On the jobsite, you face risks — design errors, defective materials or equipment, public exposure, just to name a few. While you can’t always control what happens above or underground, you can control your driving behaviors. Distracted driving poses additional risks that can easily be avoided.
Distracted driving can be defined as any activity that could divert a person’s attention away from the primary task of driving, which endangers driver, passenger and bystander safety. The three main types of distractions include manual (hands off the wheel), visual (eyes off the road) and cognitive (mind off driving). Using a cell phone — texting, talking, rerouting GPS, adjusting music — requires all three of these attentions. Statistics show:
- Five seconds is the average time your eyes are off the road while texting. At 55 mph, that is enough time to cover the entire length of a football field (Virginia Tech Transportation Institute or VTTI).
- According to the National Safety Council, cell phone use is involved in 26 percent of all vehicle crashes and 18 percent of distraction-related fatalities.
- At any time in the day, approximately 660,000 drivers are using cell phones or other electronic devices while driving (National Occupant Protection Use Survey).
- There is three times the crash risk when engaging in visual-manual subtasks like reaching for a phone, dialing and texting (VTTI).
By understanding the risks of distracted driving, your company can develop policies, training and enforcement mechanisms to help limit potential liability and increase employee and public safety.
What Distracted Driving Could Cost You
Imagine you’ve just left your workshop after loading your truck with materials and tools. Approaching a red light, you send a quick text to the crew leader saying, “Be there soon.” But the car in front of you stopped before you anticipated and you rear end the vehicle. No one is injured, but there are repercussions from a business standpoint.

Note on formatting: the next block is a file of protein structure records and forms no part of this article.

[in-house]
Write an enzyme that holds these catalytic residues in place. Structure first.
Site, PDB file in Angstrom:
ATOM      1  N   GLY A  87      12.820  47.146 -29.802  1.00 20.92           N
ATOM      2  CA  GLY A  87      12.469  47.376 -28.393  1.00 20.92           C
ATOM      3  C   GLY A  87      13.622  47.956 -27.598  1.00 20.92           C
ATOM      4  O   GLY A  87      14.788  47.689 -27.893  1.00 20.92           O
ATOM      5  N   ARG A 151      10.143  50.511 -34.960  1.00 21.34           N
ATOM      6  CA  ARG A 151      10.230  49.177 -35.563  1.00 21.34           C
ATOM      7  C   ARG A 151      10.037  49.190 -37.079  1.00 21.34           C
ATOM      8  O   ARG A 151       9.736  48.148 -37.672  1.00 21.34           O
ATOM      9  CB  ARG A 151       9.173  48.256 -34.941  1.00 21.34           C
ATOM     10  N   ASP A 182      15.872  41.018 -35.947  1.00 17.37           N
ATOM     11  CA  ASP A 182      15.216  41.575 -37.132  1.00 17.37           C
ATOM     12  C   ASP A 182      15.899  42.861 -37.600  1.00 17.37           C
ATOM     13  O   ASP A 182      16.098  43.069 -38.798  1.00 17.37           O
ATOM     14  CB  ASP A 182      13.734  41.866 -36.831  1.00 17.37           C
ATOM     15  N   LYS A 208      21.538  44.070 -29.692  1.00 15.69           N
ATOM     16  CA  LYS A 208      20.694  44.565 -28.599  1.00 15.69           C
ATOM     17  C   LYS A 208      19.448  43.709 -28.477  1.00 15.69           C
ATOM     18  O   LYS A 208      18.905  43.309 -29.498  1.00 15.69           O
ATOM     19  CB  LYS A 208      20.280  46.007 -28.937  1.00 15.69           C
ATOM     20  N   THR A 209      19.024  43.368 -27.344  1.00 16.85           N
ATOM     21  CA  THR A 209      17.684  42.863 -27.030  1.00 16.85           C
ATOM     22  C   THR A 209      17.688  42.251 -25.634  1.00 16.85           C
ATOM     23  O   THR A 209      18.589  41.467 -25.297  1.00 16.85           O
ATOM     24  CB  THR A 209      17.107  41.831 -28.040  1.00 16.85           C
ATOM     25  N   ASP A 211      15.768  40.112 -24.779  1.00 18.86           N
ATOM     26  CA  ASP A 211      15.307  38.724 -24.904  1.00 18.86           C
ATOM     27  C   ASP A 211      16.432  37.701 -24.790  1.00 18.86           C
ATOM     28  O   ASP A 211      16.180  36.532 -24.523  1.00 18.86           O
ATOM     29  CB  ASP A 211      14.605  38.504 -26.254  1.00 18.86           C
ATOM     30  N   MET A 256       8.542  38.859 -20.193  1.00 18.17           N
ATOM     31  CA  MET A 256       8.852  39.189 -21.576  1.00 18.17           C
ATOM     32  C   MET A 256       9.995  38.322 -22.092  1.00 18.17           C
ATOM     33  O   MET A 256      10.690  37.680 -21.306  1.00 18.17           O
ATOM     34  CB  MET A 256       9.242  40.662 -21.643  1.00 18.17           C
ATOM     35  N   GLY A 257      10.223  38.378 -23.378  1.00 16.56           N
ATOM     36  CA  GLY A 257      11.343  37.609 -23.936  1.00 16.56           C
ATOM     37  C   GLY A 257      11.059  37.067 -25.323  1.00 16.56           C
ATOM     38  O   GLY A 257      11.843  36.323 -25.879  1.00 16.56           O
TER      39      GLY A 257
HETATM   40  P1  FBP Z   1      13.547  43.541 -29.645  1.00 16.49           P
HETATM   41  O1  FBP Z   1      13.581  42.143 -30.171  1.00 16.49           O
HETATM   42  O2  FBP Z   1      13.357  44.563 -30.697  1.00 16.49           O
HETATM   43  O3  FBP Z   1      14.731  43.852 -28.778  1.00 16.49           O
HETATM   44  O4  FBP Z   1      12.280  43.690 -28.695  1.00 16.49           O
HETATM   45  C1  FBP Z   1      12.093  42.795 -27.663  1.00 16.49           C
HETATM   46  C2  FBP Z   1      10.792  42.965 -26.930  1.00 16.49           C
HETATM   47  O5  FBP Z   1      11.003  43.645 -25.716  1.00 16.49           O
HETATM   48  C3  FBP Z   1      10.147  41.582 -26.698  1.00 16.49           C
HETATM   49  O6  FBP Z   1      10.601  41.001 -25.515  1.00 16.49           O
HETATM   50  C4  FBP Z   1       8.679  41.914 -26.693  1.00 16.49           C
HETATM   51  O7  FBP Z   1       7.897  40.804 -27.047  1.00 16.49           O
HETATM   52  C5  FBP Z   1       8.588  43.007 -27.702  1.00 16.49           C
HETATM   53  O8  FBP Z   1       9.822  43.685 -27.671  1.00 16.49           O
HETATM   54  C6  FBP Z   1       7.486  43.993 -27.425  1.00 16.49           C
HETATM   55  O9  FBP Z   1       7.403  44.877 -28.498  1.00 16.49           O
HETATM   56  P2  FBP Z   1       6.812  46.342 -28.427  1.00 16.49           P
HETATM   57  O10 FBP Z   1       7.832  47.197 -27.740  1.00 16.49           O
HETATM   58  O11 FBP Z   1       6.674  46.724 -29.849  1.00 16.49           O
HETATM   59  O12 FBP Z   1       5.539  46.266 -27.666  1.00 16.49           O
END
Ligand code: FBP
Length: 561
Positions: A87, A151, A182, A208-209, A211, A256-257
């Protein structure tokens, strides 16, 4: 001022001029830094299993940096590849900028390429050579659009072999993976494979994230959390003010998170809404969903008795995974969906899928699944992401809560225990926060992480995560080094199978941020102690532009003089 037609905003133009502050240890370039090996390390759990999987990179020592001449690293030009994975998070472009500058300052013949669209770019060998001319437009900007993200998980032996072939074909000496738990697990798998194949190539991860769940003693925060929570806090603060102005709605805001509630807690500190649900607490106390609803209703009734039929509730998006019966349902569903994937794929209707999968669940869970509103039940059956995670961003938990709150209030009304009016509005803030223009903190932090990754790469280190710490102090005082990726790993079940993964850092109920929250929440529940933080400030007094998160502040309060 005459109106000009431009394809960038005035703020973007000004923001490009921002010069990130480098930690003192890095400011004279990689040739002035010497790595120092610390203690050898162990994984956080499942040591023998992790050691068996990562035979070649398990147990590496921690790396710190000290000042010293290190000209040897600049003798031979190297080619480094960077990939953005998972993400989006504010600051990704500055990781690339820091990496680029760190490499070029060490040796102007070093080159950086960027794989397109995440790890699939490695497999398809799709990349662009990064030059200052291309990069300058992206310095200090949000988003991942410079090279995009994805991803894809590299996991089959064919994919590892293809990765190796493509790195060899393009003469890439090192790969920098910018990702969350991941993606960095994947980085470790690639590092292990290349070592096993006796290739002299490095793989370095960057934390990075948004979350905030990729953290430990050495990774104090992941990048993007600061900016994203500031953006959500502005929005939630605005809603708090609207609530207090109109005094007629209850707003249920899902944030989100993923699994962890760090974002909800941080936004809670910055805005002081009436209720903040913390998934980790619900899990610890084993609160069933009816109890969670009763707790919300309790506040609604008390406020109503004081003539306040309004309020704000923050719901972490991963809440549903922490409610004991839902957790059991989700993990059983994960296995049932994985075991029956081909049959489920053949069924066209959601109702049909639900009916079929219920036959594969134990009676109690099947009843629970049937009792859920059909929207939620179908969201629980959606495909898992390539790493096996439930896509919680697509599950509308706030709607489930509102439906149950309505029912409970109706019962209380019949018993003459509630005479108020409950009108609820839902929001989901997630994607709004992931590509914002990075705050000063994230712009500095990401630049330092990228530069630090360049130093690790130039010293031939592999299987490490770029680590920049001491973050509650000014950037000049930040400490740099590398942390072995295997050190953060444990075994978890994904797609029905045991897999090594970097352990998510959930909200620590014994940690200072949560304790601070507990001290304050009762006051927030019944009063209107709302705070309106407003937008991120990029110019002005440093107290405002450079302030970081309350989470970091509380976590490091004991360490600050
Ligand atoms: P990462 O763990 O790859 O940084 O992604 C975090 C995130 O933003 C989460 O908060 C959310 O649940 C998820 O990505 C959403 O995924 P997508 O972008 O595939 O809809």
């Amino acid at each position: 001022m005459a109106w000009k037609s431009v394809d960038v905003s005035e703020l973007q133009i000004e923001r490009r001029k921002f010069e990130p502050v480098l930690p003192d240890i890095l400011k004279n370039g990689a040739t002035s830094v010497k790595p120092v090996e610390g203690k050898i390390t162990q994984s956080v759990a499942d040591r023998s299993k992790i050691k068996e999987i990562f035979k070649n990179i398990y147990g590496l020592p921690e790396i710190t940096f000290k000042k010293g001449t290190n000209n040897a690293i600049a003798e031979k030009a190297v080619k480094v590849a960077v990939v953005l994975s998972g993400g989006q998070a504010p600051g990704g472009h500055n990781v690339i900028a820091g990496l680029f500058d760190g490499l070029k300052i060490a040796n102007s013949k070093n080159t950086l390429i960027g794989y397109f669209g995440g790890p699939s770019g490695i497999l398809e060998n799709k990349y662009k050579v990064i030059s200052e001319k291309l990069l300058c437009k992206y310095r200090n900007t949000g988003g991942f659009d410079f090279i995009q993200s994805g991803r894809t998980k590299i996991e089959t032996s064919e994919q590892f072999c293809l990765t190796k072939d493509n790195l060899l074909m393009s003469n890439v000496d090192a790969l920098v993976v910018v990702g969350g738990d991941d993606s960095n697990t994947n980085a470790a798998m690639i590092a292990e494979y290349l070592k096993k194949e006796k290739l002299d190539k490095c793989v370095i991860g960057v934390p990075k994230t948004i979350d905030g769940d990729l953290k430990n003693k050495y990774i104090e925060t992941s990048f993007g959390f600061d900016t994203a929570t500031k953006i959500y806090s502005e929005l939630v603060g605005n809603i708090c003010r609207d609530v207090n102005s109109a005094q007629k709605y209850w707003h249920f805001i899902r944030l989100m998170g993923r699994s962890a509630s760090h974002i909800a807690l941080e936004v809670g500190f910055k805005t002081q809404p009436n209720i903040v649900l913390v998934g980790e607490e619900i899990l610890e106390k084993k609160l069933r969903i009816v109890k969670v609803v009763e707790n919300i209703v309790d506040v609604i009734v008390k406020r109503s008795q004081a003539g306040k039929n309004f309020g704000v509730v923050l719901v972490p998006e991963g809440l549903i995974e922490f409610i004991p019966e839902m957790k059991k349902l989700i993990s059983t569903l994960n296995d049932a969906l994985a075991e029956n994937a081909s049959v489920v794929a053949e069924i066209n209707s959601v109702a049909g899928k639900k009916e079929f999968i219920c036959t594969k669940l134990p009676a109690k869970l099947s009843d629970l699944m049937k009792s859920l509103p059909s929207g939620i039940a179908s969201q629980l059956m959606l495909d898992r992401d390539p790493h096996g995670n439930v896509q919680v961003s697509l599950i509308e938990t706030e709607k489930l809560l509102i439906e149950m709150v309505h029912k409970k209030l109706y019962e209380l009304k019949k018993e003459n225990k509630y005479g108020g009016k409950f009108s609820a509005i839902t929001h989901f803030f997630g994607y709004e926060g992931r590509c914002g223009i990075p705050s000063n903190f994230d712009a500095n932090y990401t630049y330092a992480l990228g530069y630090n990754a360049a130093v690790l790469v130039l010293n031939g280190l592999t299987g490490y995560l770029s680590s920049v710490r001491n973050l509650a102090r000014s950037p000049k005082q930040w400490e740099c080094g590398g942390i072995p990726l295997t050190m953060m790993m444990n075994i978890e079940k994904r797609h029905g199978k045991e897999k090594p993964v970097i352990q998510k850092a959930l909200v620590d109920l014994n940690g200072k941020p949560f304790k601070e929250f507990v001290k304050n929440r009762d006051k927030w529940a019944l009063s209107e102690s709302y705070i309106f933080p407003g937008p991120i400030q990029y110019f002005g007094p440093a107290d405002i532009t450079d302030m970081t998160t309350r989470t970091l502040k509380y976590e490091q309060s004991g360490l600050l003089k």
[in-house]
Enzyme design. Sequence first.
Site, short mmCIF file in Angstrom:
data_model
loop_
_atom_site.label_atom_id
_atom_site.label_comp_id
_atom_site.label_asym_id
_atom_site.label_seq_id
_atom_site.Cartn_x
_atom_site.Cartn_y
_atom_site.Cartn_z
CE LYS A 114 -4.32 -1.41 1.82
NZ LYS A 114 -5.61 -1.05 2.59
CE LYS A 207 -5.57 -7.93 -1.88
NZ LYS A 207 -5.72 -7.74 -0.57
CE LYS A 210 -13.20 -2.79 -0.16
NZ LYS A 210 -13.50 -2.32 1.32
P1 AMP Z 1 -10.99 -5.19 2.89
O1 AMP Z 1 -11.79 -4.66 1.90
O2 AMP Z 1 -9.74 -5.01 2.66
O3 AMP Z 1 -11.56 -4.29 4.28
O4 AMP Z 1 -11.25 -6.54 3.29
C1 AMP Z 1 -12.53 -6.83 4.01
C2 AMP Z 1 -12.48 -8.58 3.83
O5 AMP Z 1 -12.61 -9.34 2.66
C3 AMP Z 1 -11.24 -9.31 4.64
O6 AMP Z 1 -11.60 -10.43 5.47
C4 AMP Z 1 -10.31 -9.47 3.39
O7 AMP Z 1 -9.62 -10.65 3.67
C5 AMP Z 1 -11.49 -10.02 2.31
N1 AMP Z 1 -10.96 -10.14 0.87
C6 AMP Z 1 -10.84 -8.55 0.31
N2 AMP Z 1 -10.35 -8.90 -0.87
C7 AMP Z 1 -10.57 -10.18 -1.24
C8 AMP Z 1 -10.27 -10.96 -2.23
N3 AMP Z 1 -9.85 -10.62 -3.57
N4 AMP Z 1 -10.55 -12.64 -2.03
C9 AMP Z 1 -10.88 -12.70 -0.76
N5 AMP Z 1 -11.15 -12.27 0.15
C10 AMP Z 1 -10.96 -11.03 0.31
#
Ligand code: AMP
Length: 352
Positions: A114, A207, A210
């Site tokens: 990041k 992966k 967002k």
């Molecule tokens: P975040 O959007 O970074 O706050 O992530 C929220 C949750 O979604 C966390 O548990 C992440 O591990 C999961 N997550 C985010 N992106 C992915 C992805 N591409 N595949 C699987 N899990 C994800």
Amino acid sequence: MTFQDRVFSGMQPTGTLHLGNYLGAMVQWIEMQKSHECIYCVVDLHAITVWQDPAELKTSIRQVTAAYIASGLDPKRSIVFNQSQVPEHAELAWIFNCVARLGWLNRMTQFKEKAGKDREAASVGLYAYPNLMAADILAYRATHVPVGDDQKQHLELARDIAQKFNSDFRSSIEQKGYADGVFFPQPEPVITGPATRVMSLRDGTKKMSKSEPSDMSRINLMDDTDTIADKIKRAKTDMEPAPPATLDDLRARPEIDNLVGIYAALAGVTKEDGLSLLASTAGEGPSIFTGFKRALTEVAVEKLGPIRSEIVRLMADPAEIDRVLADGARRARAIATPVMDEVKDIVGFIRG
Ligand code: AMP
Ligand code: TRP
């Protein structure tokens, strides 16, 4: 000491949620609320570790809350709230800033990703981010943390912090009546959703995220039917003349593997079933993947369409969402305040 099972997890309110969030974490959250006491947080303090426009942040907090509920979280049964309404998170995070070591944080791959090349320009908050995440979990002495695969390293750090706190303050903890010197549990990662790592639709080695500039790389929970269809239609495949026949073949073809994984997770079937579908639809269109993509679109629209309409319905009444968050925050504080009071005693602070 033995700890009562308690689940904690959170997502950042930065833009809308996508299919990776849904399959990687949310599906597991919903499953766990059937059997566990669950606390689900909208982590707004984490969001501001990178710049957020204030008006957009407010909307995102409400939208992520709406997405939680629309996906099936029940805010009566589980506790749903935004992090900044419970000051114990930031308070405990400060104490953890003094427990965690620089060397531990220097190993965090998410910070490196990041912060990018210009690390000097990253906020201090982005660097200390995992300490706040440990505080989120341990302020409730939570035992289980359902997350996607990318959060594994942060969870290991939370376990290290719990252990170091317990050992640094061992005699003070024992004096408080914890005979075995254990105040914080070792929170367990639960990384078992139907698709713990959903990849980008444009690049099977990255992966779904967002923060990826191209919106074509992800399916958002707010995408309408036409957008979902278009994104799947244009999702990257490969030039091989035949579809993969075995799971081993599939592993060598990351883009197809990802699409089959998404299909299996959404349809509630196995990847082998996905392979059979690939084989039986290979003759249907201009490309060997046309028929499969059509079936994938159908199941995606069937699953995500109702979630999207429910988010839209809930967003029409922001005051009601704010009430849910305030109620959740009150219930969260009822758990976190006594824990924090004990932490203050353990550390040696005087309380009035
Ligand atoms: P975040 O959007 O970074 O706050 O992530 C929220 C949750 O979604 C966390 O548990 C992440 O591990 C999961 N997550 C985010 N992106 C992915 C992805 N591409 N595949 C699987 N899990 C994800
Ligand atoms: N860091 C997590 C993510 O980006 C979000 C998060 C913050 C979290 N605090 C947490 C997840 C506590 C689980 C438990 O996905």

While the National Safety Council estimates the average property damage per accident at $9,100,1 the liability exposure for an injury can potentially reach into the millions. According to the National Highway Traffic Safety Administration (NHTSA), on-the-job crashes cost employers more than:
- $24,500 per crash
- $150,000 per injury
- $3.6 million per fatality
Under the doctrine of Vicarious Responsibility, employers may be held legally accountable for the negligent acts of employees committed during the course of their employment. Employers may also be found negligent if they fail to put a policy in place for the safe use of cell phones. And to prove an employee was on the phone, cell phone records can be subpoenaed.
Two major steps employers can take to help prevent auto claims and promote driver safety are to hire safe drivers and control distracted driving.
Driver selection is one of the most important things you can do to prevent vehicle accidents. A written Motor Vehicle Records (MVRs) program can help ensure that you are selecting employees that are “qualified” to drive for your company. Annual reviews of drivers’ MVRs will help ensure drivers remain qualified. Before hiring a new driver:
- Verify that the driver has a current, valid driver’s license.
- Determine that the license is valid for the type of vehicle the driver will be operating, depending on state laws.
- Compare the driver’s MVRs to acceptability criteria and repeat on an annual basis. Where possible, you should request a five-year MVR.
For drivers of commercial vehicles owned by the company that do not require a Commercial Driver’s License (vehicles more than 10,001 lbs gross vehicle weight, but under 26,000 lbs gross vehicle weight), add the below steps to the steps above: